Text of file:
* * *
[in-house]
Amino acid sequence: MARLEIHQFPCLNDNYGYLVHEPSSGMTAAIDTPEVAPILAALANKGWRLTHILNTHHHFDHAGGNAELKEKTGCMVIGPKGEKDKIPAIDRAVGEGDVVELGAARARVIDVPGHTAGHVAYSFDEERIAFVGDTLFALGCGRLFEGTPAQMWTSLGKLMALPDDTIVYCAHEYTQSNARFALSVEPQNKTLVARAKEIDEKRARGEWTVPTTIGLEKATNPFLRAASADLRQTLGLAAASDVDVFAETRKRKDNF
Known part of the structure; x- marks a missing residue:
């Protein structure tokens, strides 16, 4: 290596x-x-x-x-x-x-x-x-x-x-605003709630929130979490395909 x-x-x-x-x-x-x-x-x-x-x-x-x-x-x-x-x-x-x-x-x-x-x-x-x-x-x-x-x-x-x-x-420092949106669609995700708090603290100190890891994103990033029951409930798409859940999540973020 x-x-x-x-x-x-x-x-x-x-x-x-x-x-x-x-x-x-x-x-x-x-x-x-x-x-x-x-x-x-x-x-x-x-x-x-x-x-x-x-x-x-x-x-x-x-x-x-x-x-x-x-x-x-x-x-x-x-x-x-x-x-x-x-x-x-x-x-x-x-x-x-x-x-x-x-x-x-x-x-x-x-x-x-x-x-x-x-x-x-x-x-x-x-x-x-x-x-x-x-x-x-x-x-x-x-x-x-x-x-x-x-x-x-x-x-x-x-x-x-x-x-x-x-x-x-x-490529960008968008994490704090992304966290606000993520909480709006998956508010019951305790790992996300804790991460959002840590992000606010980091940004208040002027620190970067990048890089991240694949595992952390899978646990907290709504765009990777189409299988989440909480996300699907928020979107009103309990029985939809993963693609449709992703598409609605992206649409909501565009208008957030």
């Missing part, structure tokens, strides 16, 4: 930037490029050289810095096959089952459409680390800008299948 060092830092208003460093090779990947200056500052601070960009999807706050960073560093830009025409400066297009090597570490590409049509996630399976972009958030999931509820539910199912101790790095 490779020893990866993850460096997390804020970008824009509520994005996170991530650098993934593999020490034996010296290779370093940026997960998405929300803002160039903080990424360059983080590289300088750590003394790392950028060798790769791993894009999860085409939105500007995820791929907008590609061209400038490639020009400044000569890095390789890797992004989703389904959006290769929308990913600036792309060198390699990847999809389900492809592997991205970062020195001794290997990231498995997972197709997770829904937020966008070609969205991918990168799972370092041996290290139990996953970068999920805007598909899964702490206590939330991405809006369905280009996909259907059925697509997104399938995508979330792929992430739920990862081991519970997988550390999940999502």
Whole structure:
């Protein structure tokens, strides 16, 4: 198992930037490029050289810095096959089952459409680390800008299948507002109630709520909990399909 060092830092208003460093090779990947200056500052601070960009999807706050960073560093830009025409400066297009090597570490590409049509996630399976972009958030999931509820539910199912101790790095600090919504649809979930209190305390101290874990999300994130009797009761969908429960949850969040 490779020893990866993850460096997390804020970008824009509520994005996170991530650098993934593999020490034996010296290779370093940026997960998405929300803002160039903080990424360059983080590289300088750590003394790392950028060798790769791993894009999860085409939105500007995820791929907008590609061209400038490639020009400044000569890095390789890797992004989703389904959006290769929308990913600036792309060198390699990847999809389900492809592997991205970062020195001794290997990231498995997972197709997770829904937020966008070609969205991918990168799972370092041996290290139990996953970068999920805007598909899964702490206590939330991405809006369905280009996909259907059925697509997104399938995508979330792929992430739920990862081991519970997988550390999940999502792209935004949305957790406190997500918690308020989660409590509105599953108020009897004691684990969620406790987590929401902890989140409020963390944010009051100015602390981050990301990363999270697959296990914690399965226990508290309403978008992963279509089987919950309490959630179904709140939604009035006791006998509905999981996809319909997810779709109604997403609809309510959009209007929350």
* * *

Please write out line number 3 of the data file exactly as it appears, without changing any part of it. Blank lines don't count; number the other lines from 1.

Known part of the structure; x- marks a missing residue: